Today the majority holds that the Government can take semiautomatic rifles away from law-abiding American citizens. . . . [T]he Government can now tell you that you cannot hunt with these rifles. The Government can tell you that you cannot shoot at targets with them. And, most importantly, the Government can tell you that you cannot use them to defend yourself and your family in your home. In concluding that the Second Amendment does not even apply, the majority has gone to greater lengths than any other court to eviscerate the constitutionally guaranteed right to keep and bear arms.
E. The First Circuit’s Decision in Worman
Massachusetts bans what it derogatorily calls “assault weapons,” defined in part as “the weapons, of any caliber, known as . . . Colt AR-15” and other makes and models and “copies or duplicates” thereof. It incorporates the same definitions that applied in the now-expired federal law, which in turn included the following partial generic definitions:
A semiautomatic rifle that has an ability to accept a detachable magazine and has at least 2 of—
(i) a folding or telescoping stock;
(ii) a pistol grip that protrudes conspicuously beneath the action of the weapon;
(iii) a bayonet mount;
(iv) a flash suppressor or threaded barrel designed to accommodate a flash suppressor; and
(v) a grenade launcher . . . .
Also banned are “large capacity feeding devices,” defined as a magazine “capable of accepting . . . more than ten rounds of ammunition or more than five shotgun shells.”
These provisions were enacted in 1998. In 2016, without any change in the statute, the attorney general issued an Enforcement Notice expanding the meaning of “copies or duplicates” of the listed firearms to include firearms in which
(a) the “internal functional components are substantially similar” to a listed firearm, or (b) the receiver “is the same as or interchangeable with” that of a listed firearm.
The statute and the Enforcement Notice were challenged in Worman v. Healey. The district court followed Kolbe, holding that AR-15 rifles are “like” M-16 rifles, are “most useful in military service,” and thus have no Second Amendment protection. The court listed some “characteristics of a military weapon,” such as “‘folding/telescoping stocks,’ advantageous for military purposes”—but equally advantageous for civilian purposes. It also mentioned “pistol grips designed to allow the shooter to fire and hold the weapon or aid in one-handed firing of the weapon in a combat situation”—but also helpful in freeing the other hand to call 911. The court also said, “The AR-15 is also lightweight, a characteristic important for the military”—but also preferable for many civilians, including women, the handicapped, and the elderly. “Other similarities between the M16 and the AR-15” include “the ammunition,” “[t]he way in which it is fired and the availability of sighting mechanisms,” “[t]he penetrating capacity,” and “[t]he velocity of the ammunition as it leaves the weapon”—even though many civilian firearms can use the same cartridge as the AR-15. The court disregarded the unique feature of military rifles: their ability to fire in the full automatic mode.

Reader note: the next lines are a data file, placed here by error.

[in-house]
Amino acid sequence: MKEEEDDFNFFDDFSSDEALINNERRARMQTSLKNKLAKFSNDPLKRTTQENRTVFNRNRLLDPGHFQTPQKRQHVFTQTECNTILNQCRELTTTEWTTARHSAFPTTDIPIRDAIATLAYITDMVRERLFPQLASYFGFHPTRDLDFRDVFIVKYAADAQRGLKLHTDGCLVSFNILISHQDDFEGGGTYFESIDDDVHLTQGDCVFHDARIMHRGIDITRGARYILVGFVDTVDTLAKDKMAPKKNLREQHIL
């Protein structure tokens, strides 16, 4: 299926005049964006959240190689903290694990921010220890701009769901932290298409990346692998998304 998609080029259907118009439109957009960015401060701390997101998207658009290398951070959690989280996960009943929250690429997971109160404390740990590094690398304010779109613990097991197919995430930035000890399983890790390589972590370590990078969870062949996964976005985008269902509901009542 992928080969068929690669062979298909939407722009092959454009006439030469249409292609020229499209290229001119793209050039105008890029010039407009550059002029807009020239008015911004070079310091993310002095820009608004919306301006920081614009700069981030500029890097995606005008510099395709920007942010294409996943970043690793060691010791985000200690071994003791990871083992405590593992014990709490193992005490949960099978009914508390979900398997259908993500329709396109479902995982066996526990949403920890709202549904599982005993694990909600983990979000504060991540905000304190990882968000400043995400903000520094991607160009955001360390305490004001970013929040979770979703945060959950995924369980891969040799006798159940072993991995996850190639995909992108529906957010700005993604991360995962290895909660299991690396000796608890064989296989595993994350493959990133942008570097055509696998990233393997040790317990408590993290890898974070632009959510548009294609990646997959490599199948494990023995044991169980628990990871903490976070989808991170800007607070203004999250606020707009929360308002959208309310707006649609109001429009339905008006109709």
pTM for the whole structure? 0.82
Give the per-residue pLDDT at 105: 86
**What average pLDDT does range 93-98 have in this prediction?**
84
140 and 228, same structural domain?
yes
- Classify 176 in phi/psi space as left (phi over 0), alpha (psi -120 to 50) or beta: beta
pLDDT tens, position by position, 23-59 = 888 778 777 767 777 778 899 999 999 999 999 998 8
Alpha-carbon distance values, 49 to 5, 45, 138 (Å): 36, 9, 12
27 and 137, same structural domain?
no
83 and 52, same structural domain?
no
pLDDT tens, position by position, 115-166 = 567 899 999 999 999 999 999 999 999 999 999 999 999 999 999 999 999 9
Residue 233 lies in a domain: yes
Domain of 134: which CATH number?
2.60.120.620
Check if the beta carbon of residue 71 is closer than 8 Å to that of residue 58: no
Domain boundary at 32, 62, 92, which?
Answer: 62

The district court concluded that “because the undisputed facts convincingly demonstrate that AR-15s and LCMs are most useful in military service, they are beyond the scope of the Second Amendment.” That was a rather odd conclusion given that it is “undisputed” that the military services exclusively use fully automatic firearms and do not use semiautomatic AR-15s.
The First Circuit affirmed in Worman, but it did not agree with the assertion that the banned firearms are “like” M-16 machine guns. It assumed without deciding that “the proscribed weapons have some degree of protection under the Second Amendment” and that “the Act implicates the core Second Amendment right of self-defense in the home by law-abiding, responsible individuals.” It claimed that “Heller provides only meager guidance,” despite its “common use” test and the acknowledgment that in 2013 “nearly 5,000,000 people owned at least one semiautomatic assault weapon.” It found the record sparse as “to actual use” of the banned firearms and magazines for self-defense in the home.